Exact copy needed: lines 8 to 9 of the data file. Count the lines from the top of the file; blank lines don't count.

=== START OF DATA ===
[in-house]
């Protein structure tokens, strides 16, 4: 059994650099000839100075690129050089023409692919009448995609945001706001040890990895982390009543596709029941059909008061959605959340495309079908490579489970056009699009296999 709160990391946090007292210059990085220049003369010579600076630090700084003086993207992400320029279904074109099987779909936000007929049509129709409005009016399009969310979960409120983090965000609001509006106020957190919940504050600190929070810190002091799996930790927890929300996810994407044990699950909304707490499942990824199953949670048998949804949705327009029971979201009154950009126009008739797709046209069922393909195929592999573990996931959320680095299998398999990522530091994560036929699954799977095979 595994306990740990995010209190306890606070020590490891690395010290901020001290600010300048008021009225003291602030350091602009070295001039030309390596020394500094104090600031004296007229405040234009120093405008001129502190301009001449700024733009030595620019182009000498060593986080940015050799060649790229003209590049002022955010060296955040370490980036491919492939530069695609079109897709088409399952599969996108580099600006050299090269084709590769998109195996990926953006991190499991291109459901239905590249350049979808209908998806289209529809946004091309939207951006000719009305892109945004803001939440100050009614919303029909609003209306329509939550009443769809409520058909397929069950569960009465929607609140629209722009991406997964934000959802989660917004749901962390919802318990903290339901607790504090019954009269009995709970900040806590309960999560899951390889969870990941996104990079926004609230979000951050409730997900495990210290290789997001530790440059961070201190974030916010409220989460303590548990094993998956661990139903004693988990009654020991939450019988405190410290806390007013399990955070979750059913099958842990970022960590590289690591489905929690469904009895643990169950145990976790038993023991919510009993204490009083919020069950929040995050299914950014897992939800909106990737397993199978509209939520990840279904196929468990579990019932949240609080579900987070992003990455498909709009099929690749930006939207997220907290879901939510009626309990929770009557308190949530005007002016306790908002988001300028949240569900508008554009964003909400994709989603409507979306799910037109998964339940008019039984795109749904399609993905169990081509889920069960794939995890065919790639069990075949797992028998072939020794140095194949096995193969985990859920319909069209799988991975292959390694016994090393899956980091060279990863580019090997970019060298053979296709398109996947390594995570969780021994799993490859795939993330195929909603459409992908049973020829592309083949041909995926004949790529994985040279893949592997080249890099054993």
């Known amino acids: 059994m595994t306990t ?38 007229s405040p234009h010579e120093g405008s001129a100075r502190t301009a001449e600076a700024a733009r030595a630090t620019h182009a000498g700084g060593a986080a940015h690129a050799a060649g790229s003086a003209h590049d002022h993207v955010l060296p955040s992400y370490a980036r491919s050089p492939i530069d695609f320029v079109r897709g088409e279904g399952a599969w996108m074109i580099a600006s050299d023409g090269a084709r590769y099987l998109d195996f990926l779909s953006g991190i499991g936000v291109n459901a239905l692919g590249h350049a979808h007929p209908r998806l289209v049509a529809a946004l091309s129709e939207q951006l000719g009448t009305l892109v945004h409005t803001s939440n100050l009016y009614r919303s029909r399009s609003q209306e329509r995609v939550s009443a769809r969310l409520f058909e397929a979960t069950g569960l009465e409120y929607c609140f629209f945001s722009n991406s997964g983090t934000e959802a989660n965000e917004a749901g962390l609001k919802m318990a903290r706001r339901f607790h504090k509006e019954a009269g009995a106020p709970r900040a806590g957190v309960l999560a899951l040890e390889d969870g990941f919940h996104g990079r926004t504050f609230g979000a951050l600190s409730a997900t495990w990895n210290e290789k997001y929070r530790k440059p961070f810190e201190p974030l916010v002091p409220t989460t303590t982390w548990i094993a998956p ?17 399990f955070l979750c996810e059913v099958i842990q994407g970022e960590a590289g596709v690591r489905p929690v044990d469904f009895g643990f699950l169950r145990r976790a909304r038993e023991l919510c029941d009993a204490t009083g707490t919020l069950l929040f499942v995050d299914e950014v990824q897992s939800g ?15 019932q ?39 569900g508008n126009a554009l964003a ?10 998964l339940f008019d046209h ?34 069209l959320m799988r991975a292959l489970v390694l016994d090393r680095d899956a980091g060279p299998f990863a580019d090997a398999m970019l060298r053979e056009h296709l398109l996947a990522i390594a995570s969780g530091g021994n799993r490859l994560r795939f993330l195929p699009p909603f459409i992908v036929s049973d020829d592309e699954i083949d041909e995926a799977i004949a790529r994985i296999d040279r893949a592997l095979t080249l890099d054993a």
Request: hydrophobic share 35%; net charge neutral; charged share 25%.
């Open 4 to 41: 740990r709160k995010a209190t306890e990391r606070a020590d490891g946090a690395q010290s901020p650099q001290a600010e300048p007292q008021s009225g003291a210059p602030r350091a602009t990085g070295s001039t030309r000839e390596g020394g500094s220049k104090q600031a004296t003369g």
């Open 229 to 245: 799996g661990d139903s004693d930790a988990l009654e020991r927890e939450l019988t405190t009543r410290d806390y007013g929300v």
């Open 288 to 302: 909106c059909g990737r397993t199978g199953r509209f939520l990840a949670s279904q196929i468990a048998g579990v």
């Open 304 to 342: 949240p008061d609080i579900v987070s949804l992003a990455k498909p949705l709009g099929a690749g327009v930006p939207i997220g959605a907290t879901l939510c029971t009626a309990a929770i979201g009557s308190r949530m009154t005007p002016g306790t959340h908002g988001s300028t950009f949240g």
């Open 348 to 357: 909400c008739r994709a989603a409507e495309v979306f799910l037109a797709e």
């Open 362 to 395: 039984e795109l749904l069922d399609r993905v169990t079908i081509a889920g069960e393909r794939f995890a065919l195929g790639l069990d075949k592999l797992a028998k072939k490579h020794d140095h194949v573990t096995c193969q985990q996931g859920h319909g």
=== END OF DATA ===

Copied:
């Open 304 to 342: 949240p008061d609080i579900v987070s949804l992003a990455k498909p949705l709009g099929a690749g327009v930006p939207i997220g959605a907290t879901l939510c029971t009626a309990a929770i979201g009557s308190r949530m009154t005007p002016g306790t959340h908002g988001s300028t950009f949240g």
């Open 348 to 357: 909400c008739r994709a989603a409507e495309v979306f799910l037109a797709e």